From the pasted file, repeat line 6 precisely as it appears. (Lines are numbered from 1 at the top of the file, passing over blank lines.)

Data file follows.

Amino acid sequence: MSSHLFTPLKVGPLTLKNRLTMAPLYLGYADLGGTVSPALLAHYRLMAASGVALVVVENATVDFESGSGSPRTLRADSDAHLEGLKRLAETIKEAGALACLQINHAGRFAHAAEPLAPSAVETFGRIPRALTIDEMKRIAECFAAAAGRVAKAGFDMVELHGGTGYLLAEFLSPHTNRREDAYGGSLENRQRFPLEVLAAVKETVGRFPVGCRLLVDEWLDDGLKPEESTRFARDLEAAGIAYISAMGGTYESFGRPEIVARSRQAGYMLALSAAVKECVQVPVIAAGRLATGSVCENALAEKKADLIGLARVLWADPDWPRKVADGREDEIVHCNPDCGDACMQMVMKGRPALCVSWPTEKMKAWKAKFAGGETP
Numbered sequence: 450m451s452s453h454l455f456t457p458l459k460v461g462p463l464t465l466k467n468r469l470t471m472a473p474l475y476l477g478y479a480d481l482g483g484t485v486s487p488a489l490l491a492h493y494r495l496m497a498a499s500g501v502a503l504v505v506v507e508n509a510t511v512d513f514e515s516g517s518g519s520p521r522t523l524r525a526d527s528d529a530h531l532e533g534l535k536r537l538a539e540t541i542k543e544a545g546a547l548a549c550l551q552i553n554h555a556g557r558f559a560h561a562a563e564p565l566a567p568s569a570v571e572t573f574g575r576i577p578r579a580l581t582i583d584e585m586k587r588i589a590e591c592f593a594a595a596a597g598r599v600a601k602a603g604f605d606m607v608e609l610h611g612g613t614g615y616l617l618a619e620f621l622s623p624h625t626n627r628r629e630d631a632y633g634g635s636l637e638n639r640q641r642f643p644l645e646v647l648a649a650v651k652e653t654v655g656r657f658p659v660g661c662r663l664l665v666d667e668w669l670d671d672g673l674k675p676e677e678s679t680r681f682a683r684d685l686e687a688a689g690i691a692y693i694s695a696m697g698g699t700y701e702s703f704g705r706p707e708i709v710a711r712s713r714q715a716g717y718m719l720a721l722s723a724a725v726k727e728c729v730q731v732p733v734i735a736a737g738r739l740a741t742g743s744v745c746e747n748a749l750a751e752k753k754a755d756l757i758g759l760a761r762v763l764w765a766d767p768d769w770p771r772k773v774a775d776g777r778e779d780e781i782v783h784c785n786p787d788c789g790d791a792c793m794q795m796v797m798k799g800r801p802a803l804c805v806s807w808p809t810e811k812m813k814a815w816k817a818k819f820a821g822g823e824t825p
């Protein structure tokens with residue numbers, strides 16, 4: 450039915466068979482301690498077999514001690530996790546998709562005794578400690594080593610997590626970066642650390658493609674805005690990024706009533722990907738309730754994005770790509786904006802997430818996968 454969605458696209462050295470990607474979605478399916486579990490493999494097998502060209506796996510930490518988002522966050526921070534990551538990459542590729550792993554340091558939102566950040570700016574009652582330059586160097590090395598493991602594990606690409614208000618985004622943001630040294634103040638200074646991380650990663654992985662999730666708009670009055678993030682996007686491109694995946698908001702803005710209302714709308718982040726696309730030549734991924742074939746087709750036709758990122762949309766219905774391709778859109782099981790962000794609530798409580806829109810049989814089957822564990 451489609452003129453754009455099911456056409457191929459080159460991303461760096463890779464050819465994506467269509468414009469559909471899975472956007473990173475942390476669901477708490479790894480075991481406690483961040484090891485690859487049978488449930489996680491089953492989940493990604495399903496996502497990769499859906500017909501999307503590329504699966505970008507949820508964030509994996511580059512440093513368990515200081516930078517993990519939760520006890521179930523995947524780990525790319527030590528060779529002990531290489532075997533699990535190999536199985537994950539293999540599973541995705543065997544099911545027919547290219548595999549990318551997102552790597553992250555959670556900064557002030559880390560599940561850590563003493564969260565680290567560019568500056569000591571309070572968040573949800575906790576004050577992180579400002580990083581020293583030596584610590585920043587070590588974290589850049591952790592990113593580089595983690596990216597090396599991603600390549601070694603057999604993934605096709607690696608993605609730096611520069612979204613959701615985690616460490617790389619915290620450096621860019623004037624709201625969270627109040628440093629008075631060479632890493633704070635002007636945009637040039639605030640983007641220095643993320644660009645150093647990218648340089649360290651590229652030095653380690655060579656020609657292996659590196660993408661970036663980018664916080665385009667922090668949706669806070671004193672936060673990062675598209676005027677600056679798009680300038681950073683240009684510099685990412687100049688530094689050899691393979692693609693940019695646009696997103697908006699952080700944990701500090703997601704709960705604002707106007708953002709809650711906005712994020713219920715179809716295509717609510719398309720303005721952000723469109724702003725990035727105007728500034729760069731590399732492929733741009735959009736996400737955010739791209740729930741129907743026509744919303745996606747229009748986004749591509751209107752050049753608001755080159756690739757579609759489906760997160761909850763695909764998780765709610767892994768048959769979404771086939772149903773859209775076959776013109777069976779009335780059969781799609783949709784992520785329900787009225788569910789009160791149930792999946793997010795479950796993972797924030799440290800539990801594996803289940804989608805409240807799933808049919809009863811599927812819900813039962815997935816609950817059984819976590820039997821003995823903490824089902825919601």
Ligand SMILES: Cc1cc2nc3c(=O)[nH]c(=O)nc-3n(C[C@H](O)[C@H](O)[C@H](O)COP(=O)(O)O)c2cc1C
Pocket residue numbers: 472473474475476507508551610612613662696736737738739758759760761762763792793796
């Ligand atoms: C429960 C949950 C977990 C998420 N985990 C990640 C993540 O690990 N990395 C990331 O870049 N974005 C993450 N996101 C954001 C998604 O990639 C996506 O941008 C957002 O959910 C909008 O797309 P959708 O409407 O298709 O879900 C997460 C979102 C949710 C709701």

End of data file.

């Ligand atoms: C429960 C949950 C977990 C998420 N985990 C990640 C993540 O690990 N990395 C990331 O870049 N974005 C993450 N996101 C954001 C998604 O990639 C996506 O941008 C957002 O959910 C909008 O797309 P959708 O409407 O298709 O879900 C997460 C979102 C949710 C709701």